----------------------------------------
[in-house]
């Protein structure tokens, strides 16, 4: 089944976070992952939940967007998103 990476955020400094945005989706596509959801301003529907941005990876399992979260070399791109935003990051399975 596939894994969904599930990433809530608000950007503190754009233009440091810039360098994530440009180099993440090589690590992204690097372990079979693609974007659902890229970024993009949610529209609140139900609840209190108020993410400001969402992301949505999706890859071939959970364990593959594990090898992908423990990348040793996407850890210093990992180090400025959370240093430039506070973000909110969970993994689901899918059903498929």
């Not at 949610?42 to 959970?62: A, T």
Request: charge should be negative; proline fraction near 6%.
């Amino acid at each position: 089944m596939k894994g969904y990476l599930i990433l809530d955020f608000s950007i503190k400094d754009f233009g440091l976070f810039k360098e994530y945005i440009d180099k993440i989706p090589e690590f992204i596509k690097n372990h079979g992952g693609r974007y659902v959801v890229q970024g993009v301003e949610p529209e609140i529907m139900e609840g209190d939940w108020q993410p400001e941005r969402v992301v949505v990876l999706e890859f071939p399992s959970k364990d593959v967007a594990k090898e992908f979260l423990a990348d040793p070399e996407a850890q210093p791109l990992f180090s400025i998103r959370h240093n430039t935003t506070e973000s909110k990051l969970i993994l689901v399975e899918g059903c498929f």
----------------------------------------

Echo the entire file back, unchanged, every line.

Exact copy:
[in-house]
């Protein structure tokens, strides 16, 4: 089944976070992952939940967007998103 990476955020400094945005989706596509959801301003529907941005990876399992979260070399791109935003990051399975 596939894994969904599930990433809530608000950007503190754009233009440091810039360098994530440009180099993440090589690590992204690097372990079979693609974007659902890229970024993009949610529209609140139900609840209190108020993410400001969402992301949505999706890859071939959970364990593959594990090898992908423990990348040793996407850890210093990992180090400025959370240093430039506070973000909110969970993994689901899918059903498929």
């Not at 949610?42 to 959970?62: A, T």
Request: charge should be negative; proline fraction near 6%.
């Amino acid at each position: 089944m596939k894994g969904y990476l599930i990433l809530d955020f608000s950007i503190k400094d754009f233009g440091l976070f810039k360098e994530y945005i440009d180099k993440i989706p090589e690590f992204i596509k690097n372990h079979g992952g693609r974007y659902v959801v890229q970024g993009v301003e949610p529209e609140i529907m139900e609840g209190d939940w108020q993410p400001e941005r969402v992301v949505v990876l999706e890859f071939p399992s959970k364990d593959v967007a594990k090898e992908f979260l423990a990348d040793p070399e996407a850890q210093p791109l990992f180090s400025i998103r959370h240093n430039t935003t506070e973000s909110k990051l969970i993994l689901v399975e899918g059903c498929f």